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The National Weather Service in Seattle confirmed an "EF-0" tornado briefly touched down in Monroe Thursday morning.

The tornado tipped over two RVs onto their sides, one of them weighing 7,800 pounds, and crushed a nearby car. There were no immediate reports of injuries.

"It was like hell," said Speedway RV worker Noah Kimball, who raced across the RV lot for the office to find shelter. "It was panic. I didn't know what was going on. I didn't want to be inside one of the trailers because I saw they were about to tip over so I just ran as fast as I could."

The maximum wind gusts in an EF-0 tornado range between 65-85 mph, according to KING 5 Meteorologist Ben Dery. It's the lowest on the Enhanced Fujita (EF) tornado scale.

Related: How is it possible to get a tornado in Monroe?

>>Click here to view the full Monrow Tornado report from NOAA

The tornado touched down around 10:30 a.m. at Speedway RV Center, about a mile south of the intersection of Highway 522 and Highway 2. Security cam footage shows what appears to be a thin tornado moving through the lot, knocking the RV trailers over.

Speedway RV workers were in shock by the aftermath.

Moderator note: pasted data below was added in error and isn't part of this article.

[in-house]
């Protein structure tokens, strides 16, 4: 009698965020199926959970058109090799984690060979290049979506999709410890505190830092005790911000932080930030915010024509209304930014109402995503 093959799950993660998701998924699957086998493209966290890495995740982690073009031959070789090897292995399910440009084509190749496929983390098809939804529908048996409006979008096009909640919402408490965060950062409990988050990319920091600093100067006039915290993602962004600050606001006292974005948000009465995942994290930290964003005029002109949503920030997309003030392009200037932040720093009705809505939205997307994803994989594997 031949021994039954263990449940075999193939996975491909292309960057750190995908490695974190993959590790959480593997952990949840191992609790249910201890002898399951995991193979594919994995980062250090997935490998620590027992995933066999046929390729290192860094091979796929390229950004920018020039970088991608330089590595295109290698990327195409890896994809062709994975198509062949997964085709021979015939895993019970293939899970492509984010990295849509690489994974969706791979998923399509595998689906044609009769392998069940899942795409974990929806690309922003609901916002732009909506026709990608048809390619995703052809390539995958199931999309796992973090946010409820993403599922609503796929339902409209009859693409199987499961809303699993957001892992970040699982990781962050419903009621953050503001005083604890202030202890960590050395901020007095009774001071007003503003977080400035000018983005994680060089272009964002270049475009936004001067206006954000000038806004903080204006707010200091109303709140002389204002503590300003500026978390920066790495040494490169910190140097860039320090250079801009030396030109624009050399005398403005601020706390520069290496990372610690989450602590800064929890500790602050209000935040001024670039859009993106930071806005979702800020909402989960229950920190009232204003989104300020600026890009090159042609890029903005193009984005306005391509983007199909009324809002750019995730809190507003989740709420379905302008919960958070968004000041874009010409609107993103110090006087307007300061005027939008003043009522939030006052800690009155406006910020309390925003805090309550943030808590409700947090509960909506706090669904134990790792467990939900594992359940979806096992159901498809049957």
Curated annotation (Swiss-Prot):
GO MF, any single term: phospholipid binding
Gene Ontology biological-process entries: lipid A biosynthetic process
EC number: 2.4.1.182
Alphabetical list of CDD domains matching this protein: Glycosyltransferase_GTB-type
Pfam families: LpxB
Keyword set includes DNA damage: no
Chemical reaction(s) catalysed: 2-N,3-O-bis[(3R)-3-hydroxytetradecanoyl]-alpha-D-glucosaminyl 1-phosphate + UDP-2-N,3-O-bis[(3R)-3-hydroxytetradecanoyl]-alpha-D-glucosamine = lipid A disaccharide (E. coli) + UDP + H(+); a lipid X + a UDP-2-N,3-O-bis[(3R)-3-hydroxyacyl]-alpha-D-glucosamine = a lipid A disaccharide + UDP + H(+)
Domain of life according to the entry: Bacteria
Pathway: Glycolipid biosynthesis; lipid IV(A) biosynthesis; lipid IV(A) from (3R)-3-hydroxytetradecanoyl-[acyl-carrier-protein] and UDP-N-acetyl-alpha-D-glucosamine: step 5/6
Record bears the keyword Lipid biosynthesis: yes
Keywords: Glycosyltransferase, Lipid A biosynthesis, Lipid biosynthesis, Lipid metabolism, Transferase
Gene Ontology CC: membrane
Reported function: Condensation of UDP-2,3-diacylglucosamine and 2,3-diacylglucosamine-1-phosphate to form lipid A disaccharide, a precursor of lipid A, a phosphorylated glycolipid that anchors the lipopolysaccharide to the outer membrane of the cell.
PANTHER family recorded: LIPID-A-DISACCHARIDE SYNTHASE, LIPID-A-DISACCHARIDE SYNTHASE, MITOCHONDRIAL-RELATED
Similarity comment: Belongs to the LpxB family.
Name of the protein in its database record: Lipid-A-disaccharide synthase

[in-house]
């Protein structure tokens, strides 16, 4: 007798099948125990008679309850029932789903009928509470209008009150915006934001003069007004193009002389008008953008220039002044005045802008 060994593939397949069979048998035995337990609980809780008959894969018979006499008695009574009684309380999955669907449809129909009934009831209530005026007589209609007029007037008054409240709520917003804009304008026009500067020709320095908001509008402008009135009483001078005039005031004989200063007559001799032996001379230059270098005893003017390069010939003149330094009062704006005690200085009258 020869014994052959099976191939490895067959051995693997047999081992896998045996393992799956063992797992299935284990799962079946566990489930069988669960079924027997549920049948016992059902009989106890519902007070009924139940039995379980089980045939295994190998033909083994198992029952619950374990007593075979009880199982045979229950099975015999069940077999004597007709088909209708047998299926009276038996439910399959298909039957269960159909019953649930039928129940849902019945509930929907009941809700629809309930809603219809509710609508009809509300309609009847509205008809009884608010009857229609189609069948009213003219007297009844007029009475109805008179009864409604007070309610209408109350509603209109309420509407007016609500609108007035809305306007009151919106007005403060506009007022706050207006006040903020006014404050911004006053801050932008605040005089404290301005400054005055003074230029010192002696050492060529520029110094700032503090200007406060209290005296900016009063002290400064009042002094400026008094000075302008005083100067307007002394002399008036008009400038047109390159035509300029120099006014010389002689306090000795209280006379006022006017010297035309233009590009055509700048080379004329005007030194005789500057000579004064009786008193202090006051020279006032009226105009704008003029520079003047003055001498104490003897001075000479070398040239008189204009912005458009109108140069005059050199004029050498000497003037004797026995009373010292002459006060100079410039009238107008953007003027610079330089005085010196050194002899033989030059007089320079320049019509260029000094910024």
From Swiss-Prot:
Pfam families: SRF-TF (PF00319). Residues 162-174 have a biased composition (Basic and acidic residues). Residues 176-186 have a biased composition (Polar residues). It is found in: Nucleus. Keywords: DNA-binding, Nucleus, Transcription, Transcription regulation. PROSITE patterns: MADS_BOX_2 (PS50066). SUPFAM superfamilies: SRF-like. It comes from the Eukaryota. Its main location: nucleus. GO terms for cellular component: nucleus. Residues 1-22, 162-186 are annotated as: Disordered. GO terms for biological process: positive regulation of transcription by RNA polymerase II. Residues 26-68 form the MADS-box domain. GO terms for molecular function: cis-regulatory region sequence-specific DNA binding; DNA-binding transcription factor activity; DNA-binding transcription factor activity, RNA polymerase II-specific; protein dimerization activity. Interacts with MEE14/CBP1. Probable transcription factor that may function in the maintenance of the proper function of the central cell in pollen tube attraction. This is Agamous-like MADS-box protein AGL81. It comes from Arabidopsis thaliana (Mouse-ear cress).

"They said that a trailer went over, and then a second trailer," said Speedway RV worker Tyler Muchoney. "I stepped out and was like, aaagh, my car!"

On a typical day, Muchoney would've been sitting in his car taking a break, but he had extra work to do and decided to put his break off.

"I could've been sitting in there," he said. "That could've been me mushed under that driver's seat."

Minor damage was also seen outside some nearby homes as items were blown around, including a trampoline that almost ended up in a nearby lake and a canoe that crashed into a fence.

"Equipped with radar is a velocity meter which measures rotation in the atmosphere," said Dery. "Right around 10:30 a.m. you can kind of make out a little disturbance that moved through the Monroe area. Not much, but it might be one of those spin-up tornado events. And that could have certainly caused some of that wind damage."

Dery says one of the things that determined whether this was a tornado is the damage pattern. The National Weather Service sent a survey team to assess the damage and made the tornado determination.

Tornadoes in Western Washington are rare, occurring once every few years.